Diana Blasdel and her husband Miguel were walking along the Belt Parkway waterfront, south of the 92nd Street pedestrian bridge, with their dog Remy on Thursday, May 31, when Diana spied a unique looking fish.
What Diana saw was an Atlantic Sturgeon, one of the oldest species of fish in the world according to the National Oceanic and Atmospheric Administration fishery. The fish can grow up to 14 feet long and weigh 800 pounds.
While the size of the fish Diana saw is unclear, it still shocked her to her core.
“I had absolutely no idea what it was! It didn’t really look like a fish to me,” Diana said. “It had armored plates that looked more like a dinosaur than a fish, and the rest of its body looked like tough leather rather than scales.”
Diana called in the New York State Department of Environmental Conservation (NYSDEC). According to Diana, who posted her findings in the Facebook group “The One and Only Bay Ridge, Brooklyn,” DEC told her that reports of sightings of the Atlantic Sturgeon have increased over the last number of weeks as they are trying to move upstream on the Hudson River.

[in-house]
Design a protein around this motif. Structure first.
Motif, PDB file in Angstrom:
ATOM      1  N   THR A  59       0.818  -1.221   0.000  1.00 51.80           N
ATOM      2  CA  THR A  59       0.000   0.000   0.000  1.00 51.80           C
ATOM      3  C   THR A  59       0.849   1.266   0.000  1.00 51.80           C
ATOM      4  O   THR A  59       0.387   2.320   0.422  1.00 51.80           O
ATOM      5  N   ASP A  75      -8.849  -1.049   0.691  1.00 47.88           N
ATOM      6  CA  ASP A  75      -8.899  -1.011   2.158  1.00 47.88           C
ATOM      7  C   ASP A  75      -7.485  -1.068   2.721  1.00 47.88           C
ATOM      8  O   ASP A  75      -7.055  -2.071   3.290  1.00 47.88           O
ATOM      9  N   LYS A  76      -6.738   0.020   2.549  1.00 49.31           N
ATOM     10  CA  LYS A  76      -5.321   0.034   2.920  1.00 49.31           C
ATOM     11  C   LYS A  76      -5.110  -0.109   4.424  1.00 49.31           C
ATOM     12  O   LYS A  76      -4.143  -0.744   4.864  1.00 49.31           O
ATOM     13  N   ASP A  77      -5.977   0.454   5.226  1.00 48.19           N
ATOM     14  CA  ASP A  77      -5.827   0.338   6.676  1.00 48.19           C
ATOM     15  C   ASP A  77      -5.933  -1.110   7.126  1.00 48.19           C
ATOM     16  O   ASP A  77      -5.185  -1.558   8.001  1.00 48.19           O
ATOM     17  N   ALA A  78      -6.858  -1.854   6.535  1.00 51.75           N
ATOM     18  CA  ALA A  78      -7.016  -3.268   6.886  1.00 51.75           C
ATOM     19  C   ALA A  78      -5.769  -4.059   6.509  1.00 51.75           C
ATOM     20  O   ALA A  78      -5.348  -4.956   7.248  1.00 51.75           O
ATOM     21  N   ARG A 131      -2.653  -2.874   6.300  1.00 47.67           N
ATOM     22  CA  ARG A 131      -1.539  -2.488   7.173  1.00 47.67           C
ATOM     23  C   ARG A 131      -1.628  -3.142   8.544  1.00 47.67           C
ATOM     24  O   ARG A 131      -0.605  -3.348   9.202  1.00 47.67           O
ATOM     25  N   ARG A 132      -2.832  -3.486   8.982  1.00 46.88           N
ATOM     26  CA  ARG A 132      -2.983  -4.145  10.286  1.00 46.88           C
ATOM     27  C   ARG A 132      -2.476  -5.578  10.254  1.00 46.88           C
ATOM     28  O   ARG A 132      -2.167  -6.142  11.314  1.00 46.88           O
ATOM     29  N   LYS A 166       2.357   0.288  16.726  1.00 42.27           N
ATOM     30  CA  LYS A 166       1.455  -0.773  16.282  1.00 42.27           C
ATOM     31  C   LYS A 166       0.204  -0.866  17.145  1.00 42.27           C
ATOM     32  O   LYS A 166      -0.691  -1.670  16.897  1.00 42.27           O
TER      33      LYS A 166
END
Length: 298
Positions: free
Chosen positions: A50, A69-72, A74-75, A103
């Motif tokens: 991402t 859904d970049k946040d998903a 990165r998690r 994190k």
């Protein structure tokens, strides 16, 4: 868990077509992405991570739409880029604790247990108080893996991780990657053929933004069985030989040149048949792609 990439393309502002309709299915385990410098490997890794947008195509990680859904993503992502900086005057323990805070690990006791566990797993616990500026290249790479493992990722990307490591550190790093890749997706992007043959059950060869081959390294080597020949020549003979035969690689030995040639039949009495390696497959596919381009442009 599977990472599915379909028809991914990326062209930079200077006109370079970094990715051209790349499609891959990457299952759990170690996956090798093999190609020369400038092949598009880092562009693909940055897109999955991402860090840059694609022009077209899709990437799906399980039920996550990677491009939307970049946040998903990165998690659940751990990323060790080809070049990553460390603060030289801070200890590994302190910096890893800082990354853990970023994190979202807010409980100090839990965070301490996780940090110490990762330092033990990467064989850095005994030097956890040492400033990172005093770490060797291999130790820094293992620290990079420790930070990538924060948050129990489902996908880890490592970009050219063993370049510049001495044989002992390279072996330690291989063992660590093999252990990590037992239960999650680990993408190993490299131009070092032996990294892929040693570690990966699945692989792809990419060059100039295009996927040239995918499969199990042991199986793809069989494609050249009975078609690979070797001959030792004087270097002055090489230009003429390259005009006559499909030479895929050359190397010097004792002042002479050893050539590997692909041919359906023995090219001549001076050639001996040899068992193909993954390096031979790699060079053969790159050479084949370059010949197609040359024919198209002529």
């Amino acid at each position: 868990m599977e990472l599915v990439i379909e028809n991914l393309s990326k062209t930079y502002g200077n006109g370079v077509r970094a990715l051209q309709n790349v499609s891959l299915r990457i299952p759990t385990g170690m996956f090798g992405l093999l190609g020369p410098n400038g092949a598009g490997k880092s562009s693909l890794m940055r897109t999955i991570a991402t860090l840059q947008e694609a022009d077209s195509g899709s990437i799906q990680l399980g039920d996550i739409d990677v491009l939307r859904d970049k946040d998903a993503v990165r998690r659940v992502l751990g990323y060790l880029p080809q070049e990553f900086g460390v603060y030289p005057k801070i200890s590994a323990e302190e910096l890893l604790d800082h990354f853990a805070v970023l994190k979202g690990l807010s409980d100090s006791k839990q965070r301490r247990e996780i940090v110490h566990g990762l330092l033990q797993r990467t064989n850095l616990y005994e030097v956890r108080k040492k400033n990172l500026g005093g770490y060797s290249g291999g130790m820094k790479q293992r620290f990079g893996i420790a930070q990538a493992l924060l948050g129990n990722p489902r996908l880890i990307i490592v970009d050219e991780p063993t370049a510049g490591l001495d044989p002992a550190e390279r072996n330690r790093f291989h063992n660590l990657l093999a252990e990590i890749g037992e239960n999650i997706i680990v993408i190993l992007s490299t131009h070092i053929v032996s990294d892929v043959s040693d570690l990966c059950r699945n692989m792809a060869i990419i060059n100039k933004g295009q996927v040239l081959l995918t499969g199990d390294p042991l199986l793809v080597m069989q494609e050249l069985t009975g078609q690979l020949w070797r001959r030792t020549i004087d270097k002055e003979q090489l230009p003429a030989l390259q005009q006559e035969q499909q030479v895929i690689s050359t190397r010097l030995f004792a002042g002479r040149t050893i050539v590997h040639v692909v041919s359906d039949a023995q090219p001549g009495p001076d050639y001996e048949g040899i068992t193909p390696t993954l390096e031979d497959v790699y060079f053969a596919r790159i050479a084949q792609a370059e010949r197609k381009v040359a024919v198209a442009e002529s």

Additionally, DEC said that many of these fishes are being killed by boats, most recently, near Hoboken and Staten Island. Other threats to the species, which can live as long as 60 years, include being caught by accident by fishermen angling for other catch, as well as degradation of their habitat through human interference and habitat impediments such as locks and dams.